Port of San Diego and California State Coastal Conservancy collaborate to create a native oyster living shoreline

The Port of San Diego is one step closer to creating a living shoreline to attract and establish native oyster populations while also protecting the shoreline from impacts related to future sea level rise. The first nature-based solution of its kind in San Diego Bay, the native oyster living shoreline pilot project and study is in collaboration with the California State Coastal Conservancy. … ”  Read more from San Diego News here:  Port of San Diego and California State Coastal Conservancy collaborate to create a native oyster living shoreline

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In national water news today …

Four U.S. water stories to watch in 2021

Now that the calendar has flipped to January 2021, it’s time to say goodbye to the mess of the past year, yes? The baggage from 2020 was discarded, left behind at the station when the clock struck midnight, right?  Appealing as that might be, the answer is no.  Far from being in the rearview, the upheaval of the last year will set the stage for the next 12 months and beyond. … Unanticipated storylines will undoubtedly arise — who, a year ago, expected such tumult from a virus? — but some trends are known in advance. The contours of these four stories have already taken shape. ... ”  Read more from Circle of Blue here:  Four U.S. water stories to watch in 2021

January 2021 outlook: wetter and warmer than average for much of the United States

To kick start 2021 in the United States, the January outlook from NOAA’s Climate Prediction Center favors wetter- and warmer-than-average conditions for much of the country, which is particularly good news across drought- and wildfire-stricken parts of northern California.  Here’s your first reminder of the new year from Climate.gov: the climate outlook maps are not a forecast for the absolute temperature or precipitation amounts in January. Instead, they are the probability (percent chance) that January temperatures or precipitation will be in the upper, middle, or lower third of the climatological record (1981-2010) for January … ”  Read more from Climate.gov here:  January 2021 outlook: wetter and warmer than average for much of the United States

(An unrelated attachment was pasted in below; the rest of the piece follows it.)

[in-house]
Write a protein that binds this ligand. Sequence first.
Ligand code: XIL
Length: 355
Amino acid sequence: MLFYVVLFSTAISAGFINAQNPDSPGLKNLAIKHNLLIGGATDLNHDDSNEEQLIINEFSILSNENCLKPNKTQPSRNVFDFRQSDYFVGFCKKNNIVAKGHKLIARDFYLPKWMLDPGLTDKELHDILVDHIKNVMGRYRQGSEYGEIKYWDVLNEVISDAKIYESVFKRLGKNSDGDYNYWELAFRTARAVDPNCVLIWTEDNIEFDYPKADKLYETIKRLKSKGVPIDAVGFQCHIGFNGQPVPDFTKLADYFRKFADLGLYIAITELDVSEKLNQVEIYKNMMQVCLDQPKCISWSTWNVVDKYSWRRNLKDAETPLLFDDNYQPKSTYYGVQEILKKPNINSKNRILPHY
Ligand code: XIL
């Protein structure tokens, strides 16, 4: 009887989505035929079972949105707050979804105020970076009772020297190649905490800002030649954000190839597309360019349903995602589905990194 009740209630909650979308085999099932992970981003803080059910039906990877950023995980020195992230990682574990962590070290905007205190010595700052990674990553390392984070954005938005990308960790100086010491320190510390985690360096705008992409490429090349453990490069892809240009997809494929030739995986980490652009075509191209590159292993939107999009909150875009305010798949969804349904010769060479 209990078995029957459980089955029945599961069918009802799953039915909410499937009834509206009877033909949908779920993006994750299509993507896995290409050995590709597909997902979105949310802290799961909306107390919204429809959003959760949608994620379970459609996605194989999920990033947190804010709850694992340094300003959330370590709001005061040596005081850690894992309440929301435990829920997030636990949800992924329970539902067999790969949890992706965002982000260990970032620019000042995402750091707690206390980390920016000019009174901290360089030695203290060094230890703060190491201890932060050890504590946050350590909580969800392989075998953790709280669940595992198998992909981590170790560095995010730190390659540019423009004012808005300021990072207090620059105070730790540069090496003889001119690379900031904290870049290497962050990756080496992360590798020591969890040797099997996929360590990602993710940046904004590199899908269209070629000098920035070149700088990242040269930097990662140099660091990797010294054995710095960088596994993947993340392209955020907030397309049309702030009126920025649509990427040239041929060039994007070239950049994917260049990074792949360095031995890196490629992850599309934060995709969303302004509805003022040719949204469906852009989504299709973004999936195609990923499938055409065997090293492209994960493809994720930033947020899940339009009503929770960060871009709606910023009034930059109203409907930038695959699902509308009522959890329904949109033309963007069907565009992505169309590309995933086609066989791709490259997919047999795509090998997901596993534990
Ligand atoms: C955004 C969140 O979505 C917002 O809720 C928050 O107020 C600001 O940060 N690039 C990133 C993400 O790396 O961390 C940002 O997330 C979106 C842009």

SEE ALSO2021 Weather Outlook: Is 2021 Shaping Up to Match Drought of 2012?

Enjoying new clout, environmental justice groups may press Biden

Though it may have been eclipsed in headlines and worrying by the coronavirus pandemic, the climate crisis has not gone away.  As new President Joe Biden tries to implement policies with the goal of redirecting economic development toward greenhouse gas reduction, he’ll have to contend with pressure not only from groups on the right who oppose environmental regulations, but with those on the left who may see Biden’s plans as too timid.  KQED science reporter Kevin Stark has been following the rising clout of an environmental coalition that has not always been a part of mainstream environmental thinking, but which helped derail the candidacy of California’s well-regarded environmental official Mary Nichols as head of Biden’s Environmental Protection Agency. He spoke with KQED’s Brian Watt about what these groups may want from the new administration. … ”  Read more from KQED here: Enjoying new clout, environmental justice groups may press Biden

Biden urged to flood agencies with environmental equity advisers

The time is ripe to bring a wave of environmental justice advisers into federal agencies to ensure the incoming Biden administration makes good on its pledge to improve racial equity across government, advocates and attorneys say.  Placing such advisers in high-level positions, with direct access to Cabinet secretaries and agency administrators, would elevate issues such as pollution that disproportionately affect low-income and minority populations, observers say. ... ”  Read more from Bloomberg here: Biden urged to flood agencies with environmental equity advisers

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Today’s featured articles …

DELTA AGENCY UPDATES: Carbon capture in the Delta is up; Recreation in the Delta, not so much …

The Delta Stewardship Council’s December meeting included updates from the Delta Conservancy and the Delta Protection Commission.

Click here to read this article.


BLOG ROUND-UP: Working together for a sustainable San Joaquin Valley; Delta smelt: 2020 status; Colorado River blues redux; and more …

Click here to read this article.

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About the Daily Digest: The Daily Digest is a collection of selected news articles, commentaries and editorials appearing in the mainstream press. Items are generally selected to follow the focus of the Notebook blog. The Daily Digest is published every weekday with a weekend edition posting on Sundays.